Hermann Juhnke

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Hermann Juhnke
Born (1893-04-07)April 7, 1893
Laurenburg, Germany
Died Unknown
Allegiance Germany
Service/branch Flying service
Rank Vizefeldwebel
Unit Flieger-Abteilung (Artillerie) (Flier Detachment Artillery) 238, "Kampfeinsitzerstaffel (Combat single-seater squadron) 5, Jagdstaffel 41, Jadgstaffel 52
Awards Military Merit Cross, Iron Cross

Vizefeldwebel Hermann Juhnke (April 7, 1893 - ?) was a World War I flying ace credited with five aerial victories.[1]


Hermann Juhnke was born in Laurenburg in the German Empire on 7 April 1893. He first served his mandatory military duty with Luftschiffer (Aeronautical) Battalion Nr. 1 before World War I began. In July 1915, he transferred to heavier-than-air aviation, entering training at Fliegerersatz-Abteilung (Replacement Detachment) 3 at Gotha, Germany. After training, he was posted to Flieger-Abteilung (Artillerie) (Flier Detachment Artillery) 238 in July 1916; they were an artillery cooperation unit. He did well enough with them to rate the Military Merit Cross, which would subsequently be awarded to him.[2]

He left FA(A) 238 for Jastaschule I (Fighter School 1) on 30 August 1917. After graduation, he was assigned to a fighter squadron, Jagdstaffel 41 late in 1917. He also flew with an ad hoc fighter unit, Kampfeinsitzerstaffel (Combat single-seater squadron) 5. However, Juhnke did not enjoy any success until he joined Jasta 52 on 4 March 1918. His first victory came on 2 May 1918, when he shot down a Sopwith Camel from 43 Squadron over Locon, France. Then, on two separate sorties on 5 June 1918, Juhnke shot down two British fighters, a Royal Aircraft Factory SE.5a and a Bristol F.2 Fighter. At 1405 hours on 27 June, he shot down an Airco DH.4 from 25 Squadron over Nieppe Forest.[2]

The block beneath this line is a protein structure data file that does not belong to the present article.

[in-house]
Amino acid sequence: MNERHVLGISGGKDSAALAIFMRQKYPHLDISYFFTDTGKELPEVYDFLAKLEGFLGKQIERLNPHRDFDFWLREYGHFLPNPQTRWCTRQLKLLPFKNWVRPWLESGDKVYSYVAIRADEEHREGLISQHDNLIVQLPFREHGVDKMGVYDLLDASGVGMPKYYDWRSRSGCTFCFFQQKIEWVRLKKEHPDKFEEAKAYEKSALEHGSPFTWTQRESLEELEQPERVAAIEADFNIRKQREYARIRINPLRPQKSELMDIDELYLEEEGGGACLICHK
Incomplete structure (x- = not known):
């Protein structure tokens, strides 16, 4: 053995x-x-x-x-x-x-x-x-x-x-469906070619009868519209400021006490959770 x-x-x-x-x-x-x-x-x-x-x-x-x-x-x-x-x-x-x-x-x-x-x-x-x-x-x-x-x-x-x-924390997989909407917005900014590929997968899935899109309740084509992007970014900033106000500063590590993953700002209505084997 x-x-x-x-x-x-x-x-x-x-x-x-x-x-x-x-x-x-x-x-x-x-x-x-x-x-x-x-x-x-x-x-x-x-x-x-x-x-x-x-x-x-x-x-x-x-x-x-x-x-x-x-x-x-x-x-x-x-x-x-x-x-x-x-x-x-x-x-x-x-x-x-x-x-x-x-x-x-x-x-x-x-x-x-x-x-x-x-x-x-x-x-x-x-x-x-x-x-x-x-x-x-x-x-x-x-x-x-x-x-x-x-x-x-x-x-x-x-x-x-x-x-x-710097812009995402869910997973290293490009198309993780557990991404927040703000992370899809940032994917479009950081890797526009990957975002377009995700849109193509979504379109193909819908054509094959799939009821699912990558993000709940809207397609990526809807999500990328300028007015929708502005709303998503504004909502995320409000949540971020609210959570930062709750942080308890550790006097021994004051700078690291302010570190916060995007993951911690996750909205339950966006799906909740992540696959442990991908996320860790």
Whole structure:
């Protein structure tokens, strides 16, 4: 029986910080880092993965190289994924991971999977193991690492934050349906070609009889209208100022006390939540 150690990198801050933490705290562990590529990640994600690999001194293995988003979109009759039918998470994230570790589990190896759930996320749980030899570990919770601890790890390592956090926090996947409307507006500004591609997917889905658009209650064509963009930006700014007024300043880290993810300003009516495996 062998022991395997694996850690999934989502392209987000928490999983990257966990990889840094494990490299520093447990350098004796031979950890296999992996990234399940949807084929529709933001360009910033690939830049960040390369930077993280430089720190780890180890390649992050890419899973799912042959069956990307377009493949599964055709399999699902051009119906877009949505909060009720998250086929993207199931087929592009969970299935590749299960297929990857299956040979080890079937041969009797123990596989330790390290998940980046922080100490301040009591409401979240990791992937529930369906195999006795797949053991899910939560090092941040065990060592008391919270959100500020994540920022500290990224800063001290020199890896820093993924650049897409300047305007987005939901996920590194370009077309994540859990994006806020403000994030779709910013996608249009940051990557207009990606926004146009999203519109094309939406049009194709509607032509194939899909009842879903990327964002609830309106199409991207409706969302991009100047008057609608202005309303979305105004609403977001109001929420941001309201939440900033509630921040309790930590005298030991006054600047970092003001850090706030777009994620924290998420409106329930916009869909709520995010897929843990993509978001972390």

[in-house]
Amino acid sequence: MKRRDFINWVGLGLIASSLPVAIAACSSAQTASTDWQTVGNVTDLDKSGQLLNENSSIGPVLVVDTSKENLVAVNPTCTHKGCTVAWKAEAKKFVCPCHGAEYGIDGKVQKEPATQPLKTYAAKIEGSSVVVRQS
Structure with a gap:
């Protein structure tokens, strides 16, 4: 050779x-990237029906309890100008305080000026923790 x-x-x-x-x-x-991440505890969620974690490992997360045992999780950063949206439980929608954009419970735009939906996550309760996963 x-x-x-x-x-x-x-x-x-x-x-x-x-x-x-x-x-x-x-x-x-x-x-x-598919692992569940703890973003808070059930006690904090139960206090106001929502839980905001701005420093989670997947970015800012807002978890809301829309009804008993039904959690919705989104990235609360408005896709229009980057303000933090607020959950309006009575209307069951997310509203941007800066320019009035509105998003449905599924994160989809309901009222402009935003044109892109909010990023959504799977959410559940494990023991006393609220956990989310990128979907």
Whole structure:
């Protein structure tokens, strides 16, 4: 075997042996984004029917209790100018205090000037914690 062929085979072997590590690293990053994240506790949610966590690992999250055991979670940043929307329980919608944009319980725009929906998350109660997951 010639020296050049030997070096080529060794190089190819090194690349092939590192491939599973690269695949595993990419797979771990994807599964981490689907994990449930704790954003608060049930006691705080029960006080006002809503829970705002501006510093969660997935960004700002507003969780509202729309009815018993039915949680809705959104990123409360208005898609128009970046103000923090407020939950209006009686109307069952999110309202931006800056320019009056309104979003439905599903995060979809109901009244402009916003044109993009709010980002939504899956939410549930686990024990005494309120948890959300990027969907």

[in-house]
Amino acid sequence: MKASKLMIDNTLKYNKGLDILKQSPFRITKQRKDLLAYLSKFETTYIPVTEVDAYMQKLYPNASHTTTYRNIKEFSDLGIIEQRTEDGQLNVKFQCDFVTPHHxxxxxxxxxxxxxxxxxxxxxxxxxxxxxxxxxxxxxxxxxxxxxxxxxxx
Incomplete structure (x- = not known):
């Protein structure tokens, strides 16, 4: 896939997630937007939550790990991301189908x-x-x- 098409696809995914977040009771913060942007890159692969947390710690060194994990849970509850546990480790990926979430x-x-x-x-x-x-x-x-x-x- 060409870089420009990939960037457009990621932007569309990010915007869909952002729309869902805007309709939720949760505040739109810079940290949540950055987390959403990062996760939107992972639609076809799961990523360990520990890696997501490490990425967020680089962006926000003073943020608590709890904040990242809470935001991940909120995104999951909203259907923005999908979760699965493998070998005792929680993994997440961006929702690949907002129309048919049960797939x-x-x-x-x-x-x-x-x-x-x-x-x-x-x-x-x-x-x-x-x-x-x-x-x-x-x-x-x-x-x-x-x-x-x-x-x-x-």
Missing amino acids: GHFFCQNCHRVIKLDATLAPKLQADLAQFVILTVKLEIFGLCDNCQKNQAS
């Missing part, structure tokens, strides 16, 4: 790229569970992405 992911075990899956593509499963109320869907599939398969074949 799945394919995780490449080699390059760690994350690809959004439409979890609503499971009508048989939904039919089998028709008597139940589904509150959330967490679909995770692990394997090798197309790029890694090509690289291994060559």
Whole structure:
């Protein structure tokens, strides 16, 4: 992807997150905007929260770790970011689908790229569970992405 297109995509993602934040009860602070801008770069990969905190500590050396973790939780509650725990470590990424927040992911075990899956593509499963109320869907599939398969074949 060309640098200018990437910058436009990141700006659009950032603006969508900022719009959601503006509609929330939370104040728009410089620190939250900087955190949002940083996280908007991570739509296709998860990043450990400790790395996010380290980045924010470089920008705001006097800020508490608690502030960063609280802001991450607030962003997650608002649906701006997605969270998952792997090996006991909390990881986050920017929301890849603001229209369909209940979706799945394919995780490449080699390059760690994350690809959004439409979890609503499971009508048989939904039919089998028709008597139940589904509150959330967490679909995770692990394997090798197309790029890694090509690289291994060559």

On 16 July 1918, he was belatedly awarded his empire's highest decoration for enlisted men, the Military Merit Cross. On 8 August 1918, he shot down another SE.5a for his fifth confirmed victory. He would claim another win in September, but it would go unconfirmed. Hermann Juhnke would survive World War I; besides becoming a flying ace and winning the Military Merit Cross, he had been awarded the Iron Cross First Cross.[2] The latter decoration could not have taken place without a prior of the Second Class Iron Cross. Juhnke had also been wounded four times, which should have qualified him for a Wound Badge.[3] Neither of the latter decorations are noted in records.[2]


  1. [1] Juhnke's page at The Aerodrome website
  2. 2.0 2.1 2.2 2.3 Franks et al 1993, p. 139.
  3. [2] The Aerodrome website's medal page